More Than Gold, Sweeter Than Honey – Oct 12

by Ferdinand Haratua


We find the story about Jesus’ encounter with a Samaritan woman in John chapter four. When Jesus asked the Samaritan woman for water to drink, she responded rather harshly saying, “How is it that you, a Jew, ask for drink from me, a woman of Samaria?” However, after Jesus revealed who he is, the woman could not wait to tell others about Jesus. The Bible tells us that, she is so excited that she leaves her water jar and immediately goes into town and tells people about Jesus.


The Samaritan woman does not keep to herself what she has heard about Jesus, neither she sleeps on it for a few days before she tells others about Jesus. No, she immediately tells others with excitement. In fact, she does not stop there; she also invites people to come to meet Jesus for themselves (v. 29).


Today, we rarely see this kind of excitement anymore. As believers, somehow many of us have grown to be so comfortable with our Christianity that we have ignored Jesus’ commission to tell the world about the gospel. We have become so “tolerant” and sensitive, we think that if we tell others about Jesus we would be offending them.


John Calvin writes that the action of the Samaritan woman in fact is the very nature of faith, that when we have become partakers of eternal life, we wish to bring others to share it with us. After all the message of the gospel is good news, which is why sometimes the gospel is also referred to as the Good News.


If we truly believe that the gospel is good news, then should we not be excited to tell the world about it? Or maybe deep down in our hearts, we don’t really believe that the gospel is good news. Now lets go back to the story.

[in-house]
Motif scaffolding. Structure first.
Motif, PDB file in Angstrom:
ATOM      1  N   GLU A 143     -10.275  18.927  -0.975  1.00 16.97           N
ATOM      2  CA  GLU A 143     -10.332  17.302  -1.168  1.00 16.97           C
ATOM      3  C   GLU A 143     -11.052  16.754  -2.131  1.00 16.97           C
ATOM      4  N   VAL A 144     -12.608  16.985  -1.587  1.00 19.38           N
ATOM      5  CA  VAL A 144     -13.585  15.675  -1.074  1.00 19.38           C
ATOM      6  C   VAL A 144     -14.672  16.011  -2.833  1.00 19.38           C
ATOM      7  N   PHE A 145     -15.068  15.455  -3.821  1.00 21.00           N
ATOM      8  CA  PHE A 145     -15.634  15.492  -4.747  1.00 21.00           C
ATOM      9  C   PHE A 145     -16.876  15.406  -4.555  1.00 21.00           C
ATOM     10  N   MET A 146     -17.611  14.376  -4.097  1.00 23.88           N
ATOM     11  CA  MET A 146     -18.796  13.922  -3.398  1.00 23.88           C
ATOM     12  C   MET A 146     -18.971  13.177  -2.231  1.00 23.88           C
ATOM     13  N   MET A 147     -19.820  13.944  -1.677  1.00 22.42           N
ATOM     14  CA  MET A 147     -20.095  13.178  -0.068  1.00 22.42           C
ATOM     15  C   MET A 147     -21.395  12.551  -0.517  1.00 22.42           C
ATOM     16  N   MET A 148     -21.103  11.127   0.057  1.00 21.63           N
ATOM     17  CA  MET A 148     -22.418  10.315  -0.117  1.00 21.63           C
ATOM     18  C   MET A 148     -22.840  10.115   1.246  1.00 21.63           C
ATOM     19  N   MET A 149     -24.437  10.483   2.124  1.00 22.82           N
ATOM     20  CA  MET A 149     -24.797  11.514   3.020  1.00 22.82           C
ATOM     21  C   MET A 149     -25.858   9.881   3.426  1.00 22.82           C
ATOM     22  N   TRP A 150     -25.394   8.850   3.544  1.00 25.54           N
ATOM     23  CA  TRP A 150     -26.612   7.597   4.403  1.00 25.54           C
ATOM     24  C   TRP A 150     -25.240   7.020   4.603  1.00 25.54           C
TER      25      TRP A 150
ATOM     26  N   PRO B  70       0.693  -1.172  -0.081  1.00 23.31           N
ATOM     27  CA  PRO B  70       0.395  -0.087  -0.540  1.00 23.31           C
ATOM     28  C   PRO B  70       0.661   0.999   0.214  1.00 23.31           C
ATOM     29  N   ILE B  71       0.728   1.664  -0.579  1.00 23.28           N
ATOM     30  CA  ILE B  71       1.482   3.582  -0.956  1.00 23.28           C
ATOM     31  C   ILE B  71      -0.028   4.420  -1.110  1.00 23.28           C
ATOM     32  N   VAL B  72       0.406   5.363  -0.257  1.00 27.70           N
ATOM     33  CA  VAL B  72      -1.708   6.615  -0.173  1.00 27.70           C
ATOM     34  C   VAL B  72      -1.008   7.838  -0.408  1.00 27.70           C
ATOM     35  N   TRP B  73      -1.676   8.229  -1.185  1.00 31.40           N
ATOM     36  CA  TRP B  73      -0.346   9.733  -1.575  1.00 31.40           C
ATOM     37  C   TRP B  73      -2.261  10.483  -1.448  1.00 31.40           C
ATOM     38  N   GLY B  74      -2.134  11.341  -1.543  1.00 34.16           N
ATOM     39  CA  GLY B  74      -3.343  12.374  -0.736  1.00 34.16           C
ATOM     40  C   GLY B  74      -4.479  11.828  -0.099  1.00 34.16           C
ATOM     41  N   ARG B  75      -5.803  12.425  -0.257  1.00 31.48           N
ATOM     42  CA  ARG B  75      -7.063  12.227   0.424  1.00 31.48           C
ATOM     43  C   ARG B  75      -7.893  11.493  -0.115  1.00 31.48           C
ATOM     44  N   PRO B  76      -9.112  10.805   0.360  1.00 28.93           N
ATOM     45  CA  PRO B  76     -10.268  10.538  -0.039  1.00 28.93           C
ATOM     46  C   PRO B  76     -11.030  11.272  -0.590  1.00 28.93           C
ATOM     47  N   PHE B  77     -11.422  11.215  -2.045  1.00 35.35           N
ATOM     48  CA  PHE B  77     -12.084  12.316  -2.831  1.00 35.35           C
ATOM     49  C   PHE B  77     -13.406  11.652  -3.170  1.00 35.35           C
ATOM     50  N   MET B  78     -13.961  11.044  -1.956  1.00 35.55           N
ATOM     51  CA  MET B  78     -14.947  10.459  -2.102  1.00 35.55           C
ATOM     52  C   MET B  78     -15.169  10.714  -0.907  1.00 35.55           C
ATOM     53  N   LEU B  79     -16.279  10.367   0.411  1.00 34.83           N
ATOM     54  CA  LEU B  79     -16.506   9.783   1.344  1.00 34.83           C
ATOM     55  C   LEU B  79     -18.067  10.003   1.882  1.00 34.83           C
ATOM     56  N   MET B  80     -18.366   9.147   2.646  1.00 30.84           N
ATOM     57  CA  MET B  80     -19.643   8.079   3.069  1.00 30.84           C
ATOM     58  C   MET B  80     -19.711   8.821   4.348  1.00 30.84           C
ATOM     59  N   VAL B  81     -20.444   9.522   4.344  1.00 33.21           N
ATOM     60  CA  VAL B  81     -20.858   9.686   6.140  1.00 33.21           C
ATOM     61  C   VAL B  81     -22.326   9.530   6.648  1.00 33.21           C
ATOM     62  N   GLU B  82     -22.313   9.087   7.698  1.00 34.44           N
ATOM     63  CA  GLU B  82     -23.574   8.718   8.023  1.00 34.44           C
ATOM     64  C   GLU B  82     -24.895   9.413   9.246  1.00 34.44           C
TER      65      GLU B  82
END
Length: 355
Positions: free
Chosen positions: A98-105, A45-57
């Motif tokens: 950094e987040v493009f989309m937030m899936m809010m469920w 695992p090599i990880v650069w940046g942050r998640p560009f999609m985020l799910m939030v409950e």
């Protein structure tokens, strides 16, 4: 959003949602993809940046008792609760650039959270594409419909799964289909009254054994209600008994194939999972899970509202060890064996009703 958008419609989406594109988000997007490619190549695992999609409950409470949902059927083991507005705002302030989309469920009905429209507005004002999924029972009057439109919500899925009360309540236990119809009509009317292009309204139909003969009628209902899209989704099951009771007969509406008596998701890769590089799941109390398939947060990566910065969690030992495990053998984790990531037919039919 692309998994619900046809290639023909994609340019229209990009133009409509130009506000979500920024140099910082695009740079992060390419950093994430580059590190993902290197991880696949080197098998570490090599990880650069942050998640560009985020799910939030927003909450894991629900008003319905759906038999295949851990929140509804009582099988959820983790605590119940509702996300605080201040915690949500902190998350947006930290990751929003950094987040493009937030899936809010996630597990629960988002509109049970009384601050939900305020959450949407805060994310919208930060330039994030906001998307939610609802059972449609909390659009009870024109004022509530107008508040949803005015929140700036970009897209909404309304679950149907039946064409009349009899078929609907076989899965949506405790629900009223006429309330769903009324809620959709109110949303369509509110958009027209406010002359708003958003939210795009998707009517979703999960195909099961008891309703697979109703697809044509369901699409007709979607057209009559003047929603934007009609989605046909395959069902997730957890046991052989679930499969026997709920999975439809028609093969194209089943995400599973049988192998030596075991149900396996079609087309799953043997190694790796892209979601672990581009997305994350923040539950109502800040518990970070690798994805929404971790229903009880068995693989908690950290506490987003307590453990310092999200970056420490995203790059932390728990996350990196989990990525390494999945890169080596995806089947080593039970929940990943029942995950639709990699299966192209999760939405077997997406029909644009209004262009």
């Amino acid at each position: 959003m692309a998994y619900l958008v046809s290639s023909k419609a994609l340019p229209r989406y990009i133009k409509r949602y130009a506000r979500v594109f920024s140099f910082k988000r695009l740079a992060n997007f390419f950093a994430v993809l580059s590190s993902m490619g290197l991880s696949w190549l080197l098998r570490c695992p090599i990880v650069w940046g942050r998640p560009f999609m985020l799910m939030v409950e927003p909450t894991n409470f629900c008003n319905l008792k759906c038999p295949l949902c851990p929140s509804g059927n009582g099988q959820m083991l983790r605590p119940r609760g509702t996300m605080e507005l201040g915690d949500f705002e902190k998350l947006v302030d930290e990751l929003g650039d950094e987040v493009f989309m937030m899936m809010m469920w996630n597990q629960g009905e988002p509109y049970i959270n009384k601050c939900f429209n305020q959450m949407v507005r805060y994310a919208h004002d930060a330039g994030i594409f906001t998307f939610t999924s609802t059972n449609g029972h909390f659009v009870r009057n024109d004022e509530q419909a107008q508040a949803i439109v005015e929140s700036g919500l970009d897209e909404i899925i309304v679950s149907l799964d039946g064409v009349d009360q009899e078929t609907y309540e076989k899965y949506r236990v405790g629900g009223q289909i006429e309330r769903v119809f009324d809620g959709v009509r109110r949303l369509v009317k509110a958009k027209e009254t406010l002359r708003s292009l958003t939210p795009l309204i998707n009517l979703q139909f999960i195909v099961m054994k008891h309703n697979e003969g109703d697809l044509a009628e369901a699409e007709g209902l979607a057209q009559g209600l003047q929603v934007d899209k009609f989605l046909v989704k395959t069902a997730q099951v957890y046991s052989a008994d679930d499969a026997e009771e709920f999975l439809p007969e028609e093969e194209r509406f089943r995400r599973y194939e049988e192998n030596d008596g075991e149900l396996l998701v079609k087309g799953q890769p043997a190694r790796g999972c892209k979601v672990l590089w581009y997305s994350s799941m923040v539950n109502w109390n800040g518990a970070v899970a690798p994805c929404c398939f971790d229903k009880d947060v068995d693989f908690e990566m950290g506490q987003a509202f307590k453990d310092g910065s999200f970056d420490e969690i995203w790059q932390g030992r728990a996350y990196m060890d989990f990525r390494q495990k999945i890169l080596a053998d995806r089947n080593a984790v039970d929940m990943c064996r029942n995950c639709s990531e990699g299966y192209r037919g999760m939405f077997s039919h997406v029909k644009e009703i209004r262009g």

While the Samaritan woman has just been saved, the disciples are marveled (or disturbed) at the fact that Jesus was talking to this woman. The word “marveled” here could either mean that the disciples were disgusted because she is a woman of Samaria, or they believe Jesus is now polluted for He had a conversation with the Samaritan woman. The Bible tells us that the disciples say nothing to Jesus about the matter; instead, thinking that He must be hungry they urge Jesus to eat.


“The kingdom of God must always take priority over any comforts of the physical body. “


Jesus’ response to the disciples is both very interesting and important for us. Jesus says to them, “I have food to eat that you do not know about.” Then, Jesus goes on to tell them (and us) that His food is to do the will of God who sent Him, and to accomplish God’s work.


Yes, there is no doubt that Jesus was tired and hungry, yet He shows us that the kingdom of God must take priority over any comforts of the physical body. Jesus is also showing us that there is nothing more joyful and delightful for Him than to do the will of the Father. King David echoes this truth when he writes that the Word of God is to be desired more than gold and sweeter than honey (Psalms 19:10).

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